James Cameron's Piranha Part Two: Where Avatar Began?
Artists of all stripes repeat themselves, whether through themes, motifs or hues, and James Cameron is no exception. So the question I've been asking myself as I count down the days to Avatar's debut is this: just how much of the long-awaited 3-D space blockbuster was predicted by the man's inauspicious debut, 1981's Piranha Part Two: The Spawning?
The notion sounded kind of silly, even to me as I dragged the musty old VHS from its dust-coated shelf in the Bad Movie archives. After all, how could a sequel to a Roger Corman Jaws rip-off that was made for a pittance nearly 30 years ago have anything - anything -- to do with the quarter-billion dollar Movie That Will Revolutionize Cinema As We Know It™?
But from the very first frames, Piranha Part Deux bears what could be considered Cameron's signature stamp. We join the action as a couple descend into the deep blue unknown, diving to a naval wreck off the coast of a Caribbean island. For a cheapie knock off, these underwater scenes are surprisingly good and a little taste of what we'd see in The Abyss, Ghosts Of The Abyss, Aliens Of The Deep and, of course, Titanic. Anyway, here, because we're firmly in B-movie territory, our intrepid underwater couple get nekkid, get it on and then get munched by swarming piranha fish.
The attack is but the prologue to... about 30 minutes of hijinks at Club Elysium. This is a pleasure-island resort whose attractions include horny Jewish swingers, a Mr. Muscle Contest and - foreshadowing! - the Annual Fish Fry Beach Festival, which sees landlubbers club gather by the Full Moon to snatch up the local grunion fish population as they come up unto the sand to spawn.
Amid the bacchanal, though, we're introduced to our heroes. They may be bare-bones characterizations, but damn if they don't carry through to Cameron's later work. There's Anne, the curly-haired, sexy-smoking and take-no-shit marine-biologist who's not too many galaxies removed from Ripley in Aliens - and thus, by extension, also related to Sigourney Weaver's botanist Grace Augustine in Avatar. Anne is estranged from her husband and the father of her son, island cop Steve, played by frequent Cameron ensemble player Lance Henriksen. In an arc that has a whiff of True Lies, she'll continually defy his instruction to "go home and sit on your hands." Then there's Anne's dalliance, Tyler, who appears to be a playboy but turns out to be a biochemist for the shadowy government agency who thought it a good idea to puree the DNA of grunion, flying fish and piranha for their Aliens-like weapons program.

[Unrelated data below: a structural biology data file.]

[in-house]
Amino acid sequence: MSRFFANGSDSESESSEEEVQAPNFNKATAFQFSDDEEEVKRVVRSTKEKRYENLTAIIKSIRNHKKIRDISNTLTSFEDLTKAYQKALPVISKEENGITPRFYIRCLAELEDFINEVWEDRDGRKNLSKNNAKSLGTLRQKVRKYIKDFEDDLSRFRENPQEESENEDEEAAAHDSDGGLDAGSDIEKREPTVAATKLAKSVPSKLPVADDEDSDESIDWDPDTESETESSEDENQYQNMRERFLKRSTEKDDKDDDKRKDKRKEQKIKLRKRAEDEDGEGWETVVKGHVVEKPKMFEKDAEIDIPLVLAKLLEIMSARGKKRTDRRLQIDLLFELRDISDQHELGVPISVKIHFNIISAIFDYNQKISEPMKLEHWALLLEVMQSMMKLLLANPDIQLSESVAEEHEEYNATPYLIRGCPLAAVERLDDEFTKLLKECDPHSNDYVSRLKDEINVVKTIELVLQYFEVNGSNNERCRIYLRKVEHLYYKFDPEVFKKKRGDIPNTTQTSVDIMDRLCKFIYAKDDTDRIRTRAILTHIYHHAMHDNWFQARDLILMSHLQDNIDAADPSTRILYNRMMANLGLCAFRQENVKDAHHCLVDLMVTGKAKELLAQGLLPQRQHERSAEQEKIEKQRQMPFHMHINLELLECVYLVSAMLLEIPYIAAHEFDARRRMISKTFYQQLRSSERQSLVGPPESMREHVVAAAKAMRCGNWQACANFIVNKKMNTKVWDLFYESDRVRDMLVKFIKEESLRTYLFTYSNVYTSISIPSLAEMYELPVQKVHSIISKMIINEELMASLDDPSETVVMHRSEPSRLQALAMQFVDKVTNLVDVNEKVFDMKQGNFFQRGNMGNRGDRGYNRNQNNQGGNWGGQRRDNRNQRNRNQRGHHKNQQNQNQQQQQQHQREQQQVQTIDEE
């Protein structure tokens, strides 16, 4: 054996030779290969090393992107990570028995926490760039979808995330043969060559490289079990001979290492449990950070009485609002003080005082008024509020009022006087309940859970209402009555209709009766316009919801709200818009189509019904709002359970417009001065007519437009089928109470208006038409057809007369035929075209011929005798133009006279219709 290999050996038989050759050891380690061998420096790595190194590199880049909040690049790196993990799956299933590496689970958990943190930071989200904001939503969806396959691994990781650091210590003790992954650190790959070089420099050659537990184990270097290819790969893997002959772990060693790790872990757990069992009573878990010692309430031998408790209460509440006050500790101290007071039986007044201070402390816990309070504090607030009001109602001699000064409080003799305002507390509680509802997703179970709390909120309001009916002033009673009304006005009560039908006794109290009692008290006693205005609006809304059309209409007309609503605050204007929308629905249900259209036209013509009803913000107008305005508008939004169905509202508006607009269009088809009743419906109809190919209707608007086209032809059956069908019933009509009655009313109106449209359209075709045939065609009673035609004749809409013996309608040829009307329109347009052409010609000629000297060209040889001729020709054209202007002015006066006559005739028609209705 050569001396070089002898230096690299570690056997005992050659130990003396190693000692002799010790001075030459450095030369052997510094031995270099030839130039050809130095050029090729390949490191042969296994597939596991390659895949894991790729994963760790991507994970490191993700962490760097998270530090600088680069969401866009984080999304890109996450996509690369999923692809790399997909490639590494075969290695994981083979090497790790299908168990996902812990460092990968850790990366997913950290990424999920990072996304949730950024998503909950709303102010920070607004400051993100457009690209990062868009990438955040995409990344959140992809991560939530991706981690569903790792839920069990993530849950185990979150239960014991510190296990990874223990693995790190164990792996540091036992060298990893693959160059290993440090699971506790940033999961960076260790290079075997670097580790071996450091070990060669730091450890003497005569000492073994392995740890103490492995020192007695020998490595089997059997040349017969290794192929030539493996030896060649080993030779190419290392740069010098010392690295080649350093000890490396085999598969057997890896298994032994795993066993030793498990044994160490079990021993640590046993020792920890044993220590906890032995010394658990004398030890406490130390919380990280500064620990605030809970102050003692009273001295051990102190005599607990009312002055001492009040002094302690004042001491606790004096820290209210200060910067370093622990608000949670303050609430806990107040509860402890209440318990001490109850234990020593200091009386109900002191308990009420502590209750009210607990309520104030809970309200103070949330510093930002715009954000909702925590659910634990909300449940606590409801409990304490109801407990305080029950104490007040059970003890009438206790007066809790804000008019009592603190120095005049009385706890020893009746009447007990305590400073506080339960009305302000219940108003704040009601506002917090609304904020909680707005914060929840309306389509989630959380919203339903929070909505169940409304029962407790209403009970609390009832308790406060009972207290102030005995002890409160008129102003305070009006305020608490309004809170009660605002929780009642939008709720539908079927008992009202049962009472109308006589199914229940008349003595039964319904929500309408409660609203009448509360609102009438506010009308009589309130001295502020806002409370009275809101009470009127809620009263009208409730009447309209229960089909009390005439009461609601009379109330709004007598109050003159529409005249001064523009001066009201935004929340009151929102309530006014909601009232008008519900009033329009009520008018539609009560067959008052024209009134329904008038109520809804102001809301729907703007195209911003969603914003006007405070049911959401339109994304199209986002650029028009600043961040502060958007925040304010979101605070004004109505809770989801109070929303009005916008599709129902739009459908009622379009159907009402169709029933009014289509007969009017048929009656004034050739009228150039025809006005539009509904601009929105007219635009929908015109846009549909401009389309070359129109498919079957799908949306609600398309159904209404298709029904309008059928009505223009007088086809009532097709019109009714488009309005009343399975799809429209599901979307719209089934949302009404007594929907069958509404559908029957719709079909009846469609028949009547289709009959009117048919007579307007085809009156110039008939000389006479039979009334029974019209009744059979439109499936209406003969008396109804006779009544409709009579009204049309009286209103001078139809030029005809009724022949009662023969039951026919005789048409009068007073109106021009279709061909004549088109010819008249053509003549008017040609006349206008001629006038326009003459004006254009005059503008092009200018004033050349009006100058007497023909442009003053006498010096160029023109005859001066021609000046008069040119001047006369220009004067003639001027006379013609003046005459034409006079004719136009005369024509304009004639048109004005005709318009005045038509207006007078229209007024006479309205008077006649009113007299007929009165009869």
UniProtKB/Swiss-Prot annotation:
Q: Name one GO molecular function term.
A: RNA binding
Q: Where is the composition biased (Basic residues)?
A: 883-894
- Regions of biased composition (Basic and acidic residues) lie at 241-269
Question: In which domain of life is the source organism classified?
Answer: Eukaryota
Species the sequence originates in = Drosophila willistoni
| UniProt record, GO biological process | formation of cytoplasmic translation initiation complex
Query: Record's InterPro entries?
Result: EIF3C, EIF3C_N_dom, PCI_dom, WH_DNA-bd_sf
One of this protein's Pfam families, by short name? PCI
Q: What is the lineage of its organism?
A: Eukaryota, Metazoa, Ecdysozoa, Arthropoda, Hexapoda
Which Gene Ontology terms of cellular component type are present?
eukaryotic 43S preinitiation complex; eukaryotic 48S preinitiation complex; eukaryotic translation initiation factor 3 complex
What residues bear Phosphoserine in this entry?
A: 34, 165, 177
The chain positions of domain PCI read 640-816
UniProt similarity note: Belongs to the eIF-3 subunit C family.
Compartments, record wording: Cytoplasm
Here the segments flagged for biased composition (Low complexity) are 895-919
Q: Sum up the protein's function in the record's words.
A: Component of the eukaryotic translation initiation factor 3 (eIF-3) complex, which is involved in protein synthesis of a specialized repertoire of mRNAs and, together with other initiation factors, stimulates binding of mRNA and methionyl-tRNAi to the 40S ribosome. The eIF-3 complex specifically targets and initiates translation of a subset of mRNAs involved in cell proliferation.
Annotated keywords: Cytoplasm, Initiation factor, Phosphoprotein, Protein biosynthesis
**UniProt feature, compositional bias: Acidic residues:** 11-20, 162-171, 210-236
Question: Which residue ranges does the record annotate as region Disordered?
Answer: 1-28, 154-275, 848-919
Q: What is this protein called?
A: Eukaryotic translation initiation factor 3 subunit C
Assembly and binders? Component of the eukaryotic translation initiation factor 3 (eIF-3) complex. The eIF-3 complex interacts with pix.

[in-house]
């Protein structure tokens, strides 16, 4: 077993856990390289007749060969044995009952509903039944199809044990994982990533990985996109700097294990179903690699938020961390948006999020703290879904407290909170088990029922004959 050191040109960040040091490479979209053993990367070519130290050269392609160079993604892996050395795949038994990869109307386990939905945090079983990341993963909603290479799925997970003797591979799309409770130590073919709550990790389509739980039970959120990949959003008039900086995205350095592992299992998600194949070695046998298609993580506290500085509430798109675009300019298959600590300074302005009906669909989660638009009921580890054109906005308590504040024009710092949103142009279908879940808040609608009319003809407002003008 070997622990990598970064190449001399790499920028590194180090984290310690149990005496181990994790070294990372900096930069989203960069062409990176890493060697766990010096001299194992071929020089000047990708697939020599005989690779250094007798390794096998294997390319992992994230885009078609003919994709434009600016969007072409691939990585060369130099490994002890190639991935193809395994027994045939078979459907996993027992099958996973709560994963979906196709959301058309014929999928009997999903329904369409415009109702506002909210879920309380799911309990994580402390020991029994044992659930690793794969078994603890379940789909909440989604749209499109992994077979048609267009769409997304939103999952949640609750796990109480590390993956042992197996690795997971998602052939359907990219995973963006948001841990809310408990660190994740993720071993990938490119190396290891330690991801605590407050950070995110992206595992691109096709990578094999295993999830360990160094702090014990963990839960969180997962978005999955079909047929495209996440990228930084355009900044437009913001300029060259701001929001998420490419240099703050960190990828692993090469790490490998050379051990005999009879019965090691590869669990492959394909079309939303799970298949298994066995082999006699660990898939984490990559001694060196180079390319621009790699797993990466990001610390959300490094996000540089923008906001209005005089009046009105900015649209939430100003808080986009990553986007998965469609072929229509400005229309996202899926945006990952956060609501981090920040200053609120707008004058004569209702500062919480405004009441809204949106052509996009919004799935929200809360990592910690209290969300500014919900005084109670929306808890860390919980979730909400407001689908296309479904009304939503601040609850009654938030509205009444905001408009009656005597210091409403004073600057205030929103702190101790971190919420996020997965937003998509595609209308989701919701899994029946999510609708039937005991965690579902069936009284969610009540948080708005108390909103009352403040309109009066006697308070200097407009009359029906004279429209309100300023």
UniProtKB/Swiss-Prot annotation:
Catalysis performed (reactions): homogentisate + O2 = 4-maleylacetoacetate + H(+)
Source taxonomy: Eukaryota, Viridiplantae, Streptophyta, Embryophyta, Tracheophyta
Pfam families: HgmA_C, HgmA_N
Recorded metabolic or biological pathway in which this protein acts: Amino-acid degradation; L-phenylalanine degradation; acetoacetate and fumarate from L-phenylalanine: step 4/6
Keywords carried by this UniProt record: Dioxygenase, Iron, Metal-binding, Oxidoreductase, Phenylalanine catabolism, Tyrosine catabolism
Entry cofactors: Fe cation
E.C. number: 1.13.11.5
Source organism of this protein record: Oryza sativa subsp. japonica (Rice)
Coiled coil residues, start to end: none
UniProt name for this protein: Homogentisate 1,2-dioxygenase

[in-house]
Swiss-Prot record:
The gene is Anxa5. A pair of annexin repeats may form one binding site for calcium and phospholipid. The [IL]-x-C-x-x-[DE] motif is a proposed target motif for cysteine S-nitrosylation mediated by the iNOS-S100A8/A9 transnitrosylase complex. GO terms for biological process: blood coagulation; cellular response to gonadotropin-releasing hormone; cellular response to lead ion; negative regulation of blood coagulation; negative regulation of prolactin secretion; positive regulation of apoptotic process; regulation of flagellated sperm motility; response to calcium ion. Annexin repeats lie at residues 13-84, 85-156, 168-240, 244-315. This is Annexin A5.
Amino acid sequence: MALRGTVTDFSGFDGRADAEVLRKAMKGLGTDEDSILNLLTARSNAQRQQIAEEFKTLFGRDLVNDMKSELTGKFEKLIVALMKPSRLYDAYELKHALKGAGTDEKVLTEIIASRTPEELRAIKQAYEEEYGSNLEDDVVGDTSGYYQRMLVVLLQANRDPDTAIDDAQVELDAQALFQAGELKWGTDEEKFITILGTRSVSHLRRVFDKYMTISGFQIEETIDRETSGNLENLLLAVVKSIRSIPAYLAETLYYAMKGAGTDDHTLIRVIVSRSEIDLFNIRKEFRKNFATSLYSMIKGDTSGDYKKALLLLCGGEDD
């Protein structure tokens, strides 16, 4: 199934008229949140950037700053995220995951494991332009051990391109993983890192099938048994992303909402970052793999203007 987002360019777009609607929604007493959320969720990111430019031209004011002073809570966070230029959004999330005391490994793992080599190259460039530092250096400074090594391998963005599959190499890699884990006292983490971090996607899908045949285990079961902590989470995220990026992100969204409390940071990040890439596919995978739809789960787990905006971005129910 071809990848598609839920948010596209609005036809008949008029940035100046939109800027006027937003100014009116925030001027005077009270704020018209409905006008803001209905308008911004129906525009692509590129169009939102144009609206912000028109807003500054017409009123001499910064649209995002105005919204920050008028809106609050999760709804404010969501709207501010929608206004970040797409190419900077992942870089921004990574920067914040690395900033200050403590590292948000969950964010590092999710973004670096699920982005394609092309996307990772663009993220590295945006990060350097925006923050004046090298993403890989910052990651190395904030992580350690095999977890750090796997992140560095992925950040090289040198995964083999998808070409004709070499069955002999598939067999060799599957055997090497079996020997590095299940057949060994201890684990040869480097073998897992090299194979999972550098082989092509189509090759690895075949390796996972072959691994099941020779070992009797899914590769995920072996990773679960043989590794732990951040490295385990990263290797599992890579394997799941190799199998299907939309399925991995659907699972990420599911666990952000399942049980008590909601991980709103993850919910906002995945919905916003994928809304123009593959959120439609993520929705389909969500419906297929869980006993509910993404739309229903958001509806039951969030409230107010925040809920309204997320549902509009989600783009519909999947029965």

There are specific moments, too, that Cameron would revisit. When a piranha pops out of a corpse, we're firmly in Giger-chestbursting-infringement territory. For professional reasons, Alien had been on Cameron's mind at this time. That's because before directing this film the budding effects artist had not only designed a "spaceship with tits" for Roger Corman's Battle Beyond The Stars but also done second-unit and production design on the schlockmeister's 1981 Alien rip-off, Galaxy Of Terror. Thus the ending of Piranha Part Two -- a boilerplate Ridley Scott riff in which Anne crawls through underwater airvents while a timer counts down on the explosives set to blow up the naval wreck the killer fish call home. Other scenes echo down to Cameron's later work almost subliminally, such as the bimbo who goes down into the blood-boiling waters with one disco finger raised, a la Arnie at the end of Terminator 2, or when Tyler says to Anne of hard-ass Steve, "You know that robot?" -- which is exactly what Henriksen would play in Aliens.
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